News | 11/23/2018 Liebherr cranes make expensive floating crane use superfluous

The Mammoet outlet in Leuna made quite an impression with a smart solution and the use of two large Liebherr mobile cranes on a site in Berlin. The positioning of lattice supports weighing around 80 tonnes for a future municipal railway bridge from just one side of the river made both financial and logistic sense compared to the use of a floating crane, which was also considered.

The installation of three lattice supports for the substructure of a bridge over a side channel of the River Spree proved to be a complicated logistical challenge as a result of the space available. One bank near the site could not be used for a crane as it was already home to a construction crane. Therefore, the contractor initially planned to erect the supports using a floating crane. However, as a floating crane was not available for some considerable time, the managers had to seek an alternative solution. The decision was made to adopt a suggestion by the crane specialists at Mammoet based in Leuna which plan to install the 40 metre lattice constructions from just one bank of the river. Furthermore, the crane job would not only be completed more quickly, the cost would also be significantly lower than the original floating crane version.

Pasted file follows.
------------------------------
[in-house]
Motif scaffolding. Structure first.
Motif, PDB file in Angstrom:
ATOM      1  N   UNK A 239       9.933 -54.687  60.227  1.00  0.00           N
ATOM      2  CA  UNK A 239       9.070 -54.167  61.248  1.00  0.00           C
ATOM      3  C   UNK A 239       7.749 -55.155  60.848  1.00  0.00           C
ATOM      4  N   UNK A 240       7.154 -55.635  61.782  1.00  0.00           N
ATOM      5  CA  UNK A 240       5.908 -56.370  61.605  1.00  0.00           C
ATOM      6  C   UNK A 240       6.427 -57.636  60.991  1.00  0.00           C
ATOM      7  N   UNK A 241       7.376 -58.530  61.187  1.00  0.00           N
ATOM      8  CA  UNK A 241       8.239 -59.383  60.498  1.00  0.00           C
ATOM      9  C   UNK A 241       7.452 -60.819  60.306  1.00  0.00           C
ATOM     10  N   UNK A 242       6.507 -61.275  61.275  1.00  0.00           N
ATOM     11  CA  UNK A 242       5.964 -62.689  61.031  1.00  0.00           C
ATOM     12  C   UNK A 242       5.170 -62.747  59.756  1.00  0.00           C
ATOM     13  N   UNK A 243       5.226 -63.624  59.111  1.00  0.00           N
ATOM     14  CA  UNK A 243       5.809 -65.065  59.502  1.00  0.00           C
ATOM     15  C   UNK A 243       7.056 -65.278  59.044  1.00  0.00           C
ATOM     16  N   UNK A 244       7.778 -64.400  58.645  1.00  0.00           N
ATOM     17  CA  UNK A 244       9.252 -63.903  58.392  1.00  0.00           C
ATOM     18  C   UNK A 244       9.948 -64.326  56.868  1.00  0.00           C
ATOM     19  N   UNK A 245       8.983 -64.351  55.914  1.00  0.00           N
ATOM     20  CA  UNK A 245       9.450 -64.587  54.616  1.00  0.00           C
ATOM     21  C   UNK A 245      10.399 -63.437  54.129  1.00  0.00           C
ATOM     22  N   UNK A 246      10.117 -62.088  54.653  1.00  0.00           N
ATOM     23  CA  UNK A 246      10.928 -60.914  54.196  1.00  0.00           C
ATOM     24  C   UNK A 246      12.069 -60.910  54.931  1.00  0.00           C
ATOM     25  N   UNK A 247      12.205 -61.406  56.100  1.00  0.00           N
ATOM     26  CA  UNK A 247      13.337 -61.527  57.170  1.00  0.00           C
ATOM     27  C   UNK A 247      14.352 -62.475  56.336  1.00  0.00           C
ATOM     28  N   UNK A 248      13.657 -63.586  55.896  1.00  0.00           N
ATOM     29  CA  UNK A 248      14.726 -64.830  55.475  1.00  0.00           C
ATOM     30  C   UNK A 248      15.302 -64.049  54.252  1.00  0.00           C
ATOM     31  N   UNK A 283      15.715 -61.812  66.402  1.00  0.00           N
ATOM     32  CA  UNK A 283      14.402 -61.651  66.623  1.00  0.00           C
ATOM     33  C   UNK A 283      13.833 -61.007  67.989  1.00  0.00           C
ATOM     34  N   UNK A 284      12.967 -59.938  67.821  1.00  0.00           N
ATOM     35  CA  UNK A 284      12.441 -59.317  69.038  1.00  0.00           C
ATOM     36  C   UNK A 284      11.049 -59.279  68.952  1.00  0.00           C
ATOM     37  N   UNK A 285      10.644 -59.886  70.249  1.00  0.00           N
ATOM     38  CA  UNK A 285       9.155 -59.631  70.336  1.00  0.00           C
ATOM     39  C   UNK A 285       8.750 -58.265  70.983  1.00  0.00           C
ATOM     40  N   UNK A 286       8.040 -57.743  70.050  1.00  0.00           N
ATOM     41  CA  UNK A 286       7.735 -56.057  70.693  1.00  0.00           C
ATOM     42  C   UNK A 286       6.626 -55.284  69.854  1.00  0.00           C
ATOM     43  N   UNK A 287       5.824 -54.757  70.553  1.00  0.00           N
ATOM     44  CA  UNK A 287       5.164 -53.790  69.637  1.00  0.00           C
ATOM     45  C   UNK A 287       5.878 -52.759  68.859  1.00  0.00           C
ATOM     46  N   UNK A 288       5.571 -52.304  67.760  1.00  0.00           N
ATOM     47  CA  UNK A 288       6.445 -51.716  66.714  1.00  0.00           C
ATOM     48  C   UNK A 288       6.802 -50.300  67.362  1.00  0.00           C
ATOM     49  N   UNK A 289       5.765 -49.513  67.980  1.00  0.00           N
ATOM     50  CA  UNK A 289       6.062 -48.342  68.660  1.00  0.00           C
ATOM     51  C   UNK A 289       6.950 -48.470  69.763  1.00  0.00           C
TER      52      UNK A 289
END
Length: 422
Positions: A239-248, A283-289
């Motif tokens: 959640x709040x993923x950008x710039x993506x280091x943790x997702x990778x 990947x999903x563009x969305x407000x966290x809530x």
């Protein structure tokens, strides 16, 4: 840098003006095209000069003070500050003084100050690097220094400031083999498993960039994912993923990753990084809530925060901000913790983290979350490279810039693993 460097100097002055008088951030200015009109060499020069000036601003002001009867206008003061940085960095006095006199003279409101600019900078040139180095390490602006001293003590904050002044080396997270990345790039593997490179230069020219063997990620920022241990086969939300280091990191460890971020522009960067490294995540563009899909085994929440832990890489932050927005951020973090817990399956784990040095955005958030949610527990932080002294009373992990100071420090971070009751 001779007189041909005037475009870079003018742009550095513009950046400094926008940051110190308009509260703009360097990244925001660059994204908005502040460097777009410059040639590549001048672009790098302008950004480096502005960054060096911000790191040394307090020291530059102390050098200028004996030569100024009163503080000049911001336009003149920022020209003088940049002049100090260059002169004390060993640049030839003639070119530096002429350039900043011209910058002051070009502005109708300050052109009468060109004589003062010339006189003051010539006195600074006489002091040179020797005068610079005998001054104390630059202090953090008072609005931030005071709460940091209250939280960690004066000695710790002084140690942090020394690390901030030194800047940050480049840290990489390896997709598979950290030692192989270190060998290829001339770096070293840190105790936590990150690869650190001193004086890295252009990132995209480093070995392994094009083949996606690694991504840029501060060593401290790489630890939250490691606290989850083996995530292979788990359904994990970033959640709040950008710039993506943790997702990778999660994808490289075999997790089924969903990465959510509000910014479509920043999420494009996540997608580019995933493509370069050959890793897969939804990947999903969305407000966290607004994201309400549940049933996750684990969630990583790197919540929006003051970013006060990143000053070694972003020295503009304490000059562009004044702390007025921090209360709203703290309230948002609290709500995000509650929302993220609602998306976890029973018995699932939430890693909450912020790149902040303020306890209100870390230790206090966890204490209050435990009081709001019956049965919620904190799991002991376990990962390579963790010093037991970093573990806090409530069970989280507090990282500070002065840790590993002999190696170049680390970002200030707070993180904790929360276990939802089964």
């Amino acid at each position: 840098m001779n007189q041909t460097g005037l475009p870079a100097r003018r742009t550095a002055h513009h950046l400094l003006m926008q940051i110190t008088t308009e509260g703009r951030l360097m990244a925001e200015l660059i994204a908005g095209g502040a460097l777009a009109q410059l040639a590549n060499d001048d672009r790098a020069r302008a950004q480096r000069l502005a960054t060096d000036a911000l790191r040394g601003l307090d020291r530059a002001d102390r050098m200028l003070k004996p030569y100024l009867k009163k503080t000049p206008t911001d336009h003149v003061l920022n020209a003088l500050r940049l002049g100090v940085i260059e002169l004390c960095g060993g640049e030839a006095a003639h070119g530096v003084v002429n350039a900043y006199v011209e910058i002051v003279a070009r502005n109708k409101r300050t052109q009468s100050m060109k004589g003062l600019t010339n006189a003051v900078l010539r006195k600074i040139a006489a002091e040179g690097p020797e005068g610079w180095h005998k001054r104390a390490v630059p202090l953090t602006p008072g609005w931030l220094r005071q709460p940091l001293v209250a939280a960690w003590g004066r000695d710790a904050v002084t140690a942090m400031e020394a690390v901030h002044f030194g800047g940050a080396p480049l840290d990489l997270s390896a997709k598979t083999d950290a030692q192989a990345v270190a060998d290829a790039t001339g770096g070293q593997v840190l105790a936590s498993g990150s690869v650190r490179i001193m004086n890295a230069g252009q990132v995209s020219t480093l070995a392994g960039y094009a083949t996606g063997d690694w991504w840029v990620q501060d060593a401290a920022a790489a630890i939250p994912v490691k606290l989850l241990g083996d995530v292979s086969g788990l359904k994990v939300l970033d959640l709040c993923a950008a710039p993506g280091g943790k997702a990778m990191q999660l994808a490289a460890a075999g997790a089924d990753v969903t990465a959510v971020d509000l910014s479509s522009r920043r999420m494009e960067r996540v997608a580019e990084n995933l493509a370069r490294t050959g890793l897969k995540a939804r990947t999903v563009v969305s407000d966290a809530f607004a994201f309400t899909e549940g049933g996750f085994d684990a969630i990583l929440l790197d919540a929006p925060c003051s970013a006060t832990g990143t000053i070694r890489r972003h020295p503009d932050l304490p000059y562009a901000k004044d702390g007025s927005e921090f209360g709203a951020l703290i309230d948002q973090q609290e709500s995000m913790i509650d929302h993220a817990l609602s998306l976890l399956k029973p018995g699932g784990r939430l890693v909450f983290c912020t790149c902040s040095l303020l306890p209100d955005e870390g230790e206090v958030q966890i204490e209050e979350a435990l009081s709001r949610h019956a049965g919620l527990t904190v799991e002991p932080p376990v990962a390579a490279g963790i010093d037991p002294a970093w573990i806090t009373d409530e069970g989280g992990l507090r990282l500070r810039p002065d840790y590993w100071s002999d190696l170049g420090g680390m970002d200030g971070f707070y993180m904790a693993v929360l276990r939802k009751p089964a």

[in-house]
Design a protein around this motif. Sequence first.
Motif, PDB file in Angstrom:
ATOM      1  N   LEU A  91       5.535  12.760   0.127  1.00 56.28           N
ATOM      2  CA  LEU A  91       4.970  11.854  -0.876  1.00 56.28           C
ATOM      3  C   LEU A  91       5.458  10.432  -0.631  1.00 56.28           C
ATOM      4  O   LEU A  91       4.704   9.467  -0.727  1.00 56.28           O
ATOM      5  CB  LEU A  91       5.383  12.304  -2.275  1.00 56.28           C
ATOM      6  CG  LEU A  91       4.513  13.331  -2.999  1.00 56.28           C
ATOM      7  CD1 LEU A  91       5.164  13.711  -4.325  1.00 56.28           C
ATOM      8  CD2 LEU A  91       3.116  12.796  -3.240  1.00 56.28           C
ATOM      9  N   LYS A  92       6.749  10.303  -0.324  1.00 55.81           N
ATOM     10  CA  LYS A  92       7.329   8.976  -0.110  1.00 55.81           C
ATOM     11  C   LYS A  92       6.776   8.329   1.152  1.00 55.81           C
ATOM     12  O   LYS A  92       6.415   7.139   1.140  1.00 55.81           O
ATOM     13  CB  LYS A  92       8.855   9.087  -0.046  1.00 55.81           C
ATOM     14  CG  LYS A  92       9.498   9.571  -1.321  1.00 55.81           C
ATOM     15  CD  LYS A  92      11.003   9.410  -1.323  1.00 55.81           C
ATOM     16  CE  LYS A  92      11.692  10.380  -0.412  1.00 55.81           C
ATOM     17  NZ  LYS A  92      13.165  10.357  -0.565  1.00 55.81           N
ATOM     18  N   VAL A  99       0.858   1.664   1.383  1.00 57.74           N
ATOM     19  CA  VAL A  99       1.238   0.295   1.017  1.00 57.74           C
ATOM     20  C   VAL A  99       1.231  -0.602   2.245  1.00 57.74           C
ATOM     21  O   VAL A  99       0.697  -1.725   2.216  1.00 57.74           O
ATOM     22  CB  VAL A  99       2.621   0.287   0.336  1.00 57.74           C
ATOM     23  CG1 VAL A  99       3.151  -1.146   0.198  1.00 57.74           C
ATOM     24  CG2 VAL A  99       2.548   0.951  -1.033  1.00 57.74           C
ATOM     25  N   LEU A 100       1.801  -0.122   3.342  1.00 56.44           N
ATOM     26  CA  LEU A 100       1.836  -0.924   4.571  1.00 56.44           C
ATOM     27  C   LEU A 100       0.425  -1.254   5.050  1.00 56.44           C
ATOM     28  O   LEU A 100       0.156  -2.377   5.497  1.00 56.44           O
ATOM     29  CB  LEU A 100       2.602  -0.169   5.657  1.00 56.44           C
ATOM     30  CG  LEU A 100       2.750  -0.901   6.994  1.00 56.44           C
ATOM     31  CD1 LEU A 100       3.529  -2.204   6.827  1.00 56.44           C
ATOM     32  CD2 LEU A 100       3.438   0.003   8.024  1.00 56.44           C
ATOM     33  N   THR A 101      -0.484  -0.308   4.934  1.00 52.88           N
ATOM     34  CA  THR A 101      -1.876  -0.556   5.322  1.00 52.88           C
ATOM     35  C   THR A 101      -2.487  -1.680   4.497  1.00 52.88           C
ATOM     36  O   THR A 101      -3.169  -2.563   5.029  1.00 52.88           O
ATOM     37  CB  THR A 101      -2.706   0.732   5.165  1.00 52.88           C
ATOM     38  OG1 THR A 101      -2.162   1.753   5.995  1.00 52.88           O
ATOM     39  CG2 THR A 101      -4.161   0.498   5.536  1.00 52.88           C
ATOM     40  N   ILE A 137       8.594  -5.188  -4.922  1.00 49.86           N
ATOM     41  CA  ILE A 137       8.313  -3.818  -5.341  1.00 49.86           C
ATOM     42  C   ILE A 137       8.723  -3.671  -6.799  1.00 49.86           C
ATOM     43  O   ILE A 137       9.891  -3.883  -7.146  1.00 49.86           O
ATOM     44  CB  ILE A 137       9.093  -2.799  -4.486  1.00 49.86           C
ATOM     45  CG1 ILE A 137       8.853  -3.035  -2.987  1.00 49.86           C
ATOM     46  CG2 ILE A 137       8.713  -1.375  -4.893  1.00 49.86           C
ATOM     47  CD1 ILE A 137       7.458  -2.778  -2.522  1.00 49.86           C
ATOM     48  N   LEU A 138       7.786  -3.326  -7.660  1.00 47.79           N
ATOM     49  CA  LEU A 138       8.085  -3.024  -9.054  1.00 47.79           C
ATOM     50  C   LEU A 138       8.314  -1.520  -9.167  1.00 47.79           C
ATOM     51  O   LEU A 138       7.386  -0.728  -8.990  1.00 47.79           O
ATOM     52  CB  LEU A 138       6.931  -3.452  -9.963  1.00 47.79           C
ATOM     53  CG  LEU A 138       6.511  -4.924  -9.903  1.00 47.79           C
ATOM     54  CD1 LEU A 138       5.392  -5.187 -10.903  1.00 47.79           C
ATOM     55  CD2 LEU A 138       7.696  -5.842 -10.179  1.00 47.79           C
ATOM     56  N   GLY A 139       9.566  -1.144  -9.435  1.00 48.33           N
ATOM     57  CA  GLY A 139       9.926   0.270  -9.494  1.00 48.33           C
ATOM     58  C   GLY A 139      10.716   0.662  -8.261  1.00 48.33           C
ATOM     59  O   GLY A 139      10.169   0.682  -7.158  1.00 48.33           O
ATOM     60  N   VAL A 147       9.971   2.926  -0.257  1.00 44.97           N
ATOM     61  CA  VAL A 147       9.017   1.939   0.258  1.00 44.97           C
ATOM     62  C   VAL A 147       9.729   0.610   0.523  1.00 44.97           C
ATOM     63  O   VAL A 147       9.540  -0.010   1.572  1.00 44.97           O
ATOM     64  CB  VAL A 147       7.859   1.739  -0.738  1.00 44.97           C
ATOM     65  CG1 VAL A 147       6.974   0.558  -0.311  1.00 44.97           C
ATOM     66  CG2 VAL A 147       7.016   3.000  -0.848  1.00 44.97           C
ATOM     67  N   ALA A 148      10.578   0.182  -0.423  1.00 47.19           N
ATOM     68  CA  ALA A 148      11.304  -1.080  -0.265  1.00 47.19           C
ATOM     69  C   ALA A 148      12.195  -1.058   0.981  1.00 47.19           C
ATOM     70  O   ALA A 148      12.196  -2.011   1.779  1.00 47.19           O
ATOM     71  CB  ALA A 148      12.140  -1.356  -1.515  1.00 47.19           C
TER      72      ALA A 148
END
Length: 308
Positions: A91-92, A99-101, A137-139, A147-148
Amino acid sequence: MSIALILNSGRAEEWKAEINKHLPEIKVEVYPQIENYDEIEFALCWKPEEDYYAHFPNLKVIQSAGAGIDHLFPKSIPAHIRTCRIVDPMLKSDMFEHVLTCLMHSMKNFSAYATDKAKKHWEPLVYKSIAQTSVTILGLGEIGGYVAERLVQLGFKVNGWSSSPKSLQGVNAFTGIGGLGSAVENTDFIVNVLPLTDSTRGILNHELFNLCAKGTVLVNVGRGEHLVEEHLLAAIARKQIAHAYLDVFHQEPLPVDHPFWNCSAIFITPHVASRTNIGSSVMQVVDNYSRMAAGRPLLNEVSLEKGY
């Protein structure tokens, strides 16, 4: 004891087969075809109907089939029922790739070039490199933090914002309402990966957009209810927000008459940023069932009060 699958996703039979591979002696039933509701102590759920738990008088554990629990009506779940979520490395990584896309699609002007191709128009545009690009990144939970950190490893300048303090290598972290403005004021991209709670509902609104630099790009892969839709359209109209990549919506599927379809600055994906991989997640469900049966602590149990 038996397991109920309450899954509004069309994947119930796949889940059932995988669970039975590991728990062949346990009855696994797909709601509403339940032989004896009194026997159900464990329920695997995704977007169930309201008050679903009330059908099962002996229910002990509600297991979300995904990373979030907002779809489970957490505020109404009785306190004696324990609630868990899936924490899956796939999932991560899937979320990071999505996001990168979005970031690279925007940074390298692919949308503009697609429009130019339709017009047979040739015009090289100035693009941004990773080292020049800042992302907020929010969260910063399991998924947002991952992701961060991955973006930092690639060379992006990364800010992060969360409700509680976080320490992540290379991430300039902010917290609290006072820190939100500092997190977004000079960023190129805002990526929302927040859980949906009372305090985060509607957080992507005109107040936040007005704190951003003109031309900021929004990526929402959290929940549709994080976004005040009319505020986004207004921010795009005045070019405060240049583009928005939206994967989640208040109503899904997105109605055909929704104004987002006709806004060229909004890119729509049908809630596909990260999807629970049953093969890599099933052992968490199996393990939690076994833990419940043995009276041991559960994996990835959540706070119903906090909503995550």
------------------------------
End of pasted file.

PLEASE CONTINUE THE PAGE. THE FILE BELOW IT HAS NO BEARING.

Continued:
Because the company’s own mobile crane with a 1200 tonne lifting capacity was not available in the short term for the hoist, Mammoet planning staff René Xyländer and Tom Schladitz obtained a machine from Megalift based in Bremen to complete the demanding job in the German capital. This powerful Liebherr LTM 11200-9.1 mobile crane was fitted with a 48-metre luffing jib. This made it responsible for the hoists to the opposite bank and therefore for the large radii. The modern crane had to handle a gross load of 40 tonnes with a distance of around 50 metres. An LTM 1750-9.1 was assembled very close to it to take hold of the other end of the supports. Due to its significantly smaller radius, this mobile crane managed to operate with a smaller support base of ten by ten metres. In fact, there was no more space available at the extremely restricted assembly site. The ends of the supports had to be placed under the existing structure.

The steel lattice constructions were then swung over the water by the two Liebherr cranes with great care. The main difficulty involved the end phase of the hoists, as the ends of the supports had to be placed several metres under the existing bridge connection on the opposite side of the canal. However, Heiko Bischoff, at the controls of the more powerful crane, and the crane operators in the Mammoet machine, Rainer Schmidt and Daniel König, precisely followed the commands issued by the marshalling fitters and move the components accurately into their final positions.